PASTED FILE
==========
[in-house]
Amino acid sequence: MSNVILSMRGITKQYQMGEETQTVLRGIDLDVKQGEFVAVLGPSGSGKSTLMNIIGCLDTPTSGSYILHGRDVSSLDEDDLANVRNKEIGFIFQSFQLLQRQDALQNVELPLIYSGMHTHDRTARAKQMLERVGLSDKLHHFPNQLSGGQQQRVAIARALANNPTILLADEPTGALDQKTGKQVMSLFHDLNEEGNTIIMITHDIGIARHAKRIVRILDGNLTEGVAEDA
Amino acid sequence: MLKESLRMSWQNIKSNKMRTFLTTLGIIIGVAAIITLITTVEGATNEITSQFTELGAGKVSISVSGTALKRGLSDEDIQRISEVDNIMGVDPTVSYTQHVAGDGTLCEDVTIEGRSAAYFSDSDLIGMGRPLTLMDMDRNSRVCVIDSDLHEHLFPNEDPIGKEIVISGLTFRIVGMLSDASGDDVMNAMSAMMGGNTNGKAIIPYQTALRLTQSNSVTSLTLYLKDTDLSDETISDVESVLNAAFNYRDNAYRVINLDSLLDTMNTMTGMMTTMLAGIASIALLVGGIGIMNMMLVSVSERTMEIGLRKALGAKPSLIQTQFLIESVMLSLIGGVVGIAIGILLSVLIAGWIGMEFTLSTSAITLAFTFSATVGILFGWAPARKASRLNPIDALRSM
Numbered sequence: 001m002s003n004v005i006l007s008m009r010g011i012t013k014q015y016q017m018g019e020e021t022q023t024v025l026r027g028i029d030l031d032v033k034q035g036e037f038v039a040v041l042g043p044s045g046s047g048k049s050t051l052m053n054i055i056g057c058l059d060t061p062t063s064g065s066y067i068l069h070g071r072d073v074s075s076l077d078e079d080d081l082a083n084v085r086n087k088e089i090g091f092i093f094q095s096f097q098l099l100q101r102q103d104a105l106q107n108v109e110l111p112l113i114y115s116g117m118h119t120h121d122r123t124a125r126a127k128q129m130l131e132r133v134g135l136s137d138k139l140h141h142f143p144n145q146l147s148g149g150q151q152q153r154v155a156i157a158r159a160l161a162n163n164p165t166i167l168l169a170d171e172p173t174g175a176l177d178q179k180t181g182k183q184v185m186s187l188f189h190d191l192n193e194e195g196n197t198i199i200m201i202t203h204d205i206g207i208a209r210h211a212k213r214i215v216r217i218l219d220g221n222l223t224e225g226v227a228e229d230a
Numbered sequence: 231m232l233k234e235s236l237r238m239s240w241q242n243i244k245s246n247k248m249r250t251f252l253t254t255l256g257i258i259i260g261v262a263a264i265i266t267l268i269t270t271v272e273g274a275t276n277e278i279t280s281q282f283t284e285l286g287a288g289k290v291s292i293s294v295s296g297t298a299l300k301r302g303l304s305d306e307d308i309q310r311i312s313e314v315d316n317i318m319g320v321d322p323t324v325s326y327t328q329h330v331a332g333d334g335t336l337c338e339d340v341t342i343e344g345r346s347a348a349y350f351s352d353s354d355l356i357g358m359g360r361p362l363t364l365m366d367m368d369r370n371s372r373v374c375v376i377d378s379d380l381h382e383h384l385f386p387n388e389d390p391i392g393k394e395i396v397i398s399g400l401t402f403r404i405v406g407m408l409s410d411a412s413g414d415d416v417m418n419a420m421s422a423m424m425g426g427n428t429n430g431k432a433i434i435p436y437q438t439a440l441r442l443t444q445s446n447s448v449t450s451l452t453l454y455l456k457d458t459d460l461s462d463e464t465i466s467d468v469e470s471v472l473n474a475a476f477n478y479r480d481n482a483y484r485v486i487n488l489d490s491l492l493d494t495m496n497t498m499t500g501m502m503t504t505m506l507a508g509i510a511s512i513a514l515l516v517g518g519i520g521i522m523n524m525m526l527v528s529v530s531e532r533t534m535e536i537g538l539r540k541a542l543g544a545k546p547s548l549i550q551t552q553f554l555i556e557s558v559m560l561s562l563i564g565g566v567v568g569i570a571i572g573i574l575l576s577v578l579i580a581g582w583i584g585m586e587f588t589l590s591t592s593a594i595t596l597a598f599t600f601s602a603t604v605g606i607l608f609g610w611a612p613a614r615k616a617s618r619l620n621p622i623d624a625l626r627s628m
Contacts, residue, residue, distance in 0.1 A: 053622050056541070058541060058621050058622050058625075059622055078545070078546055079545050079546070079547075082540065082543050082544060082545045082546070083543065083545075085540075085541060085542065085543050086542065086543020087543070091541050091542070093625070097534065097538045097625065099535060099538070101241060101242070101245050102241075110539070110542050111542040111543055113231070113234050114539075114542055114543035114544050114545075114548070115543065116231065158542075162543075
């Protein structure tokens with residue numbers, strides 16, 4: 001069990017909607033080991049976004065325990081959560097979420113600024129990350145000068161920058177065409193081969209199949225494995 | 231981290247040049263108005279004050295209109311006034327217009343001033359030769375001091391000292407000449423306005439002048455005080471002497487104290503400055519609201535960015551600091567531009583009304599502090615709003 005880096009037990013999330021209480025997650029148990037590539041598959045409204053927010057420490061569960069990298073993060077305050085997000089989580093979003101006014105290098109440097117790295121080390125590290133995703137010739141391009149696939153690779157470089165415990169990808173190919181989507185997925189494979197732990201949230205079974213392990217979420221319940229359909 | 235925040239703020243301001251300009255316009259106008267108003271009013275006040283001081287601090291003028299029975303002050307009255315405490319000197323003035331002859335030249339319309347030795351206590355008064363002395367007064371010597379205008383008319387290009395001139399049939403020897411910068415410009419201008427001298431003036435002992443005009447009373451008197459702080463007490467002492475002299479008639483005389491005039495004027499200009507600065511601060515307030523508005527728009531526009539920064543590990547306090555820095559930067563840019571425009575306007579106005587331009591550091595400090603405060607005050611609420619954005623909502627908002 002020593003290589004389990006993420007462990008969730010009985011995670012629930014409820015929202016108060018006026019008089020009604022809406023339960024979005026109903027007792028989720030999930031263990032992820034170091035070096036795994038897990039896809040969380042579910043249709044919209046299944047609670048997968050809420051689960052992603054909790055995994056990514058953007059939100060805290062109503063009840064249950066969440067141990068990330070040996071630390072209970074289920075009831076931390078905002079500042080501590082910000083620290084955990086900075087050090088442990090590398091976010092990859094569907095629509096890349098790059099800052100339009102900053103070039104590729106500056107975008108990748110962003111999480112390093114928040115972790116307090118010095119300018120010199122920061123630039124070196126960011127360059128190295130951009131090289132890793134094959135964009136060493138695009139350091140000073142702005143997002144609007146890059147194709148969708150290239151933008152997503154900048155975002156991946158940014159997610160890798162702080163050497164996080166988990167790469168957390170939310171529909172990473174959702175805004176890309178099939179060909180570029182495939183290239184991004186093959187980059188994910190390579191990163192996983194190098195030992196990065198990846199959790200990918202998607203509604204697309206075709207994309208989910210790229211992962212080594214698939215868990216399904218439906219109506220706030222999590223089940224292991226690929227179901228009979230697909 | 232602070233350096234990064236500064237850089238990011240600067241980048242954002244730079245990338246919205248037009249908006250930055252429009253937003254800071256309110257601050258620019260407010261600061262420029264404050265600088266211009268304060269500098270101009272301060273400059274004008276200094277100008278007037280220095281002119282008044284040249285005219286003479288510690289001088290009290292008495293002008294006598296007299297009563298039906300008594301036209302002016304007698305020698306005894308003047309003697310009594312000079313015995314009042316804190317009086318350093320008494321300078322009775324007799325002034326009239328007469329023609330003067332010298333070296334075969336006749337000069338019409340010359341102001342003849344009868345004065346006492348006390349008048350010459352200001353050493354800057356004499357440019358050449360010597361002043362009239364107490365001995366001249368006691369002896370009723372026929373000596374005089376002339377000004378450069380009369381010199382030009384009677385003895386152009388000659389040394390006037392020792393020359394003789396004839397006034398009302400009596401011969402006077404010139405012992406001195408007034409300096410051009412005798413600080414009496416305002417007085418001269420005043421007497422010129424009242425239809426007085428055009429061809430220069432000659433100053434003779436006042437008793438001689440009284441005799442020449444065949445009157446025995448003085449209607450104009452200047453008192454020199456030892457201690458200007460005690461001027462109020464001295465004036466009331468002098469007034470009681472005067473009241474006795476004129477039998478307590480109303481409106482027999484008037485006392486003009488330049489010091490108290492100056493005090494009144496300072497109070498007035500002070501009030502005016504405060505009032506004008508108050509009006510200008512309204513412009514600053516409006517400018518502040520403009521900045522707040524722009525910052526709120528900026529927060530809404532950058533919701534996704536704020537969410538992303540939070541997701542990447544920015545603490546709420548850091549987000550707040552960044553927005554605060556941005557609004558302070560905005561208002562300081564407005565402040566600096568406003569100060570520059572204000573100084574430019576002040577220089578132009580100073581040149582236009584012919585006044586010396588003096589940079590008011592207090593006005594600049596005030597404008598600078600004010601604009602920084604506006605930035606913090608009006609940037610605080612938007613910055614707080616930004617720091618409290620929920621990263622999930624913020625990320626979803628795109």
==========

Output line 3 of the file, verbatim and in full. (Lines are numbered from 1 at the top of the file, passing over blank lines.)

Amino acid sequence: MLKESLRMSWQNIKSNKMRTFLTTLGIIIGVAAIITLITTVEGATNEITSQFTELGAGKVSISVSGTALKRGLSDEDIQRISEVDNIMGVDPTVSYTQHVAGDGTLCEDVTIEGRSAAYFSDSDLIGMGRPLTLMDMDRNSRVCVIDSDLHEHLFPNEDPIGKEIVISGLTFRIVGMLSDASGDDVMNAMSAMMGGNTNGKAIIPYQTALRLTQSNSVTSLTLYLKDTDLSDETISDVESVLNAAFNYRDNAYRVINLDSLLDTMNTMTGMMTTMLAGIASIALLVGGIGIMNMMLVSVSERTMEIGLRKALGAKPSLIQTQFLIESVMLSLIGGVVGIAIGILLSVLIAGWIGMEFTLSTSAITLAFTFSATVGILFGWAPARKASRLNPIDALRSM